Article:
If it’s not just about being bilingual, how does internationalisation affect the everyday work of employees at TU Braunschweig?
Being bilingual is important, but that’s just our duty. We also want to go the extra mile. Language affects many areas, from forms to email signatures to our Information Portal. Our ambition here is to close all the gaps as best we can. This task will continue to keep us busy for a while.
For everyday work, we have established contact persons in each division who can help, for example, if there are difficulties with the English language. In addition, we have massively expanded our personnel development programme. There are mobility opportunities for employees and there is a great willingness to improve language skills. In this context, we support our staff with, among other things, the newly created certificate for international competence. In the recruitment process, we now pay more attention to foreign language skills than we did in the past. All of this has a positive effect on an international, welcoming culture. We are also increasingly dealing with administrative issues in an international context, for example when it comes to handling projects with various international partners. With this in mind, we will continue to develop additional competencies. Internationalisation also concerns infrastructure – from digitisation under the heading of internationalisation and compatibility to the construction of a guest house.
What are the possible hurdles from an employee’s point of view?
Some staff members are concerned that our internationalisation efforts will have a negative impact on their already high workload and that they will have to cope with additional tasks. But of course, no one has to start translating forms on their own. It is important to me to emphasise that we do not force anyone into language courses or to spend time abroad. We see it as our task to support our employees in a way that suits their interests and their work routines. In addition to language and mobility programmes, this is primarily about a cultural change that has to take place in people’s minds.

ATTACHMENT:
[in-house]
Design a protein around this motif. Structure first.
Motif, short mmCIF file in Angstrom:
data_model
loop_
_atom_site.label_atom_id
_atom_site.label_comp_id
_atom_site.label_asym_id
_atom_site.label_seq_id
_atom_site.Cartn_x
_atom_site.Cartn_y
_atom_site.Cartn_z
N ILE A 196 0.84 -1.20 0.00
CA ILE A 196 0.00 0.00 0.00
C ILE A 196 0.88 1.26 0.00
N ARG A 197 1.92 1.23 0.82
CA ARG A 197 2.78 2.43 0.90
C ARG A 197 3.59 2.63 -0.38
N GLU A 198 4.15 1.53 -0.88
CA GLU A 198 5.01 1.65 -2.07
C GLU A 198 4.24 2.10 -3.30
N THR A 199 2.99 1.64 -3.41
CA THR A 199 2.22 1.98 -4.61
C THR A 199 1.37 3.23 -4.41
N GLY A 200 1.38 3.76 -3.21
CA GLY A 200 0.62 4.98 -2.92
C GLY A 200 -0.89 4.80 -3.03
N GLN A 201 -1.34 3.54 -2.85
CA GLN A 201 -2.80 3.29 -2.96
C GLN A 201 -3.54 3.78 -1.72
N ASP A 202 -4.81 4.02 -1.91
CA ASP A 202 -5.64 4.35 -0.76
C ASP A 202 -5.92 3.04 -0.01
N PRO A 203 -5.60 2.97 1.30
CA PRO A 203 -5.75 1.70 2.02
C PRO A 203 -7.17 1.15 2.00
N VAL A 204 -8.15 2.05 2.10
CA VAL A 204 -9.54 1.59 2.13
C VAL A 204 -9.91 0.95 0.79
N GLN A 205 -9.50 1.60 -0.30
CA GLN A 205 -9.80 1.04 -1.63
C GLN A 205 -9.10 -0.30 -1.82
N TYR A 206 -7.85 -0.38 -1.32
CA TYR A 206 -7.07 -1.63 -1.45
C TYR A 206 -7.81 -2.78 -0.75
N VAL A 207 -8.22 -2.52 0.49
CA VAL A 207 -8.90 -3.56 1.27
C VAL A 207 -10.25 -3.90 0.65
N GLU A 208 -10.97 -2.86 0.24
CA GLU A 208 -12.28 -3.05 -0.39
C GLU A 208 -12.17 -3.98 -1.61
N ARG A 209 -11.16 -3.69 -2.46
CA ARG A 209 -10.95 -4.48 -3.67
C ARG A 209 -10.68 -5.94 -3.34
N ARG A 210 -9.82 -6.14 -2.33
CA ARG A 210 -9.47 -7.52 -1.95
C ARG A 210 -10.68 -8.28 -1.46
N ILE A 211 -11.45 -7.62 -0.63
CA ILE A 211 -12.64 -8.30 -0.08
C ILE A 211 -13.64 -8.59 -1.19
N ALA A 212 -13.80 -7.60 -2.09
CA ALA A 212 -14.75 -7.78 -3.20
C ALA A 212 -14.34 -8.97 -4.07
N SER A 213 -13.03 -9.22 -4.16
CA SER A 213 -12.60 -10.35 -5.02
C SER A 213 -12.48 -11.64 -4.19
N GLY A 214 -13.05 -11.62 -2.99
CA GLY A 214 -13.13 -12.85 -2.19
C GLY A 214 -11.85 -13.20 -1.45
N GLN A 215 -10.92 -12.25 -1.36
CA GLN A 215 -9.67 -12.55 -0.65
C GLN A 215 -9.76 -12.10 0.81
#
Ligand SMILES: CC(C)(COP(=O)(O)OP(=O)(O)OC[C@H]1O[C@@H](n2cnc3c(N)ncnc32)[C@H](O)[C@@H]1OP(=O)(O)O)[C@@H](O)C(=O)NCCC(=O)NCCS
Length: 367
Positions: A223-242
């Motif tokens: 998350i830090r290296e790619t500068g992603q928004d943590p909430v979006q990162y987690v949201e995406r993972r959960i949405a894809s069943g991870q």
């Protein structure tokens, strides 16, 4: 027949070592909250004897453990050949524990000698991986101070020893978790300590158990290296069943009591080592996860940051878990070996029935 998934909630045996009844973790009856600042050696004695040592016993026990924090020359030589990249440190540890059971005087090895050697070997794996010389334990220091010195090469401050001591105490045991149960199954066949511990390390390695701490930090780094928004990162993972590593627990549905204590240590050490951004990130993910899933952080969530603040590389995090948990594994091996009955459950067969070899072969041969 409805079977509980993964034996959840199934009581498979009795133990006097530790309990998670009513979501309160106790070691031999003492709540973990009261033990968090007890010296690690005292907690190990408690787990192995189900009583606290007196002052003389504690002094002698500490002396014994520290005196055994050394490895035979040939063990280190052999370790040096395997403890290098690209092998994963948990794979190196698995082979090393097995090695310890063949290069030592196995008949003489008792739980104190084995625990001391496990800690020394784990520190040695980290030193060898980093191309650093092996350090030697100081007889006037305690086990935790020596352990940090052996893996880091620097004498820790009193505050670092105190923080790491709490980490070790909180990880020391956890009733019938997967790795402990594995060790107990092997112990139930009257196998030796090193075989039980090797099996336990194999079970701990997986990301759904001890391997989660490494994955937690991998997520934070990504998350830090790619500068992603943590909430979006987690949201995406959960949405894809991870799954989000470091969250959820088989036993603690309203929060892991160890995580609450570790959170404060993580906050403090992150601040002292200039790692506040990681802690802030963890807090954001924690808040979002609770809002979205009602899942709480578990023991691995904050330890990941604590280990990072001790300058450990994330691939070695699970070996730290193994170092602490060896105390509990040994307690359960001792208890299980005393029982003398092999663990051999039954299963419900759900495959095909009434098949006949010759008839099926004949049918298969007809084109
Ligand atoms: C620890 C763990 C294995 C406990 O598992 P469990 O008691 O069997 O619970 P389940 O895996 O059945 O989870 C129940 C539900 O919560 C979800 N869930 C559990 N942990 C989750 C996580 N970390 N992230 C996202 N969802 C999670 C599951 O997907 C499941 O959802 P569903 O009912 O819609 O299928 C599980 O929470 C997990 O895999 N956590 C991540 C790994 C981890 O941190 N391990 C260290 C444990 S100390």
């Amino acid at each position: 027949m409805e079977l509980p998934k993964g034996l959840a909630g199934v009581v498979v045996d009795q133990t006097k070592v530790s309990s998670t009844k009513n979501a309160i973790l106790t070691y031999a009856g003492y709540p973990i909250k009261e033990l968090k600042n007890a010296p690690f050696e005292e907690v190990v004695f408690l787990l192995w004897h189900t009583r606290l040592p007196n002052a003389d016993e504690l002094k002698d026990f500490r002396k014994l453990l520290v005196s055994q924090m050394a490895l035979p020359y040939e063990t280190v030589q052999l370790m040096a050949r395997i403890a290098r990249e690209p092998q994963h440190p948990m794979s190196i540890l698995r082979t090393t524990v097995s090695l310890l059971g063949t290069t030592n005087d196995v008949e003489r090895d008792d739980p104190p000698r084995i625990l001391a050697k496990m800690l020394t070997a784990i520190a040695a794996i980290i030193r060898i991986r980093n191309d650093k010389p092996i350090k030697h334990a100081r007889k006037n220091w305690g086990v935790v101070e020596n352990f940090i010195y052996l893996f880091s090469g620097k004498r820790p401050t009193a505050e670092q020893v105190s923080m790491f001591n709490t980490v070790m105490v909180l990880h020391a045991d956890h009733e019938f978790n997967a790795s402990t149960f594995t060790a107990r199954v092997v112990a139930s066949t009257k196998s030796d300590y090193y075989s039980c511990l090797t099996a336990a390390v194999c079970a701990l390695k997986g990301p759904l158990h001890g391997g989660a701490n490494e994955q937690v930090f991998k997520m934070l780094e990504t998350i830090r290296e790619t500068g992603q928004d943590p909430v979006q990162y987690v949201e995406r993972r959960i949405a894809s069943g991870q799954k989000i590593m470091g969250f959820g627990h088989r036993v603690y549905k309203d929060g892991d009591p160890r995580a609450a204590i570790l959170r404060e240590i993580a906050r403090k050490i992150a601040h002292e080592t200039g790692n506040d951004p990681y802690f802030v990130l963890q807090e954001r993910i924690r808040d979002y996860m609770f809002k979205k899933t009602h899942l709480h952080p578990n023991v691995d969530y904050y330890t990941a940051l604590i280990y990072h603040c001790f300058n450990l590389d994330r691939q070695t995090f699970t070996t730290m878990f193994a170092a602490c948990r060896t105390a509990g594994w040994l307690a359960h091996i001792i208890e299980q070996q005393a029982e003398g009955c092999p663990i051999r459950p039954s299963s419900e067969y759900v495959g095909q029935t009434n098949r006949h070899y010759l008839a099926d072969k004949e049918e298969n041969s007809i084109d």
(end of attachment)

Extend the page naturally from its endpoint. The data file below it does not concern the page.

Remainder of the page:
Let’s look ahead for a moment: Where do you see upcoming challenges in the internationalisation of administration?
Being a university, but also especially an administrative body, we must continue to deal intensively with the topic of internationalisation and in doing so meet the demands of many different stakeholders – both inside and outside of the TU. What is expected of us here is above all a matter of culture. But to make it possible, we have to establish the right framework conditions and structures. Only if we support our employees in these challenges will we continue to be an attractive employer in the future. At the moment, we are also concerned with the evaluation of our measures and the identification of best practices.
And what will an internationalised administration look like in 2030?
It will mean that all our employees live and breathe internationality and are enthusiastic about exchange with partners from all over the world. My vision is that everything international is a matter of course and that we do not differentiate between what is national and what is international. And because I can see every day how motivated and committed our colleagues are, I am convinced that this is what we will achieve.
Thank you very much for the interview!
The interview was conducted by Daniel Götjen/International House.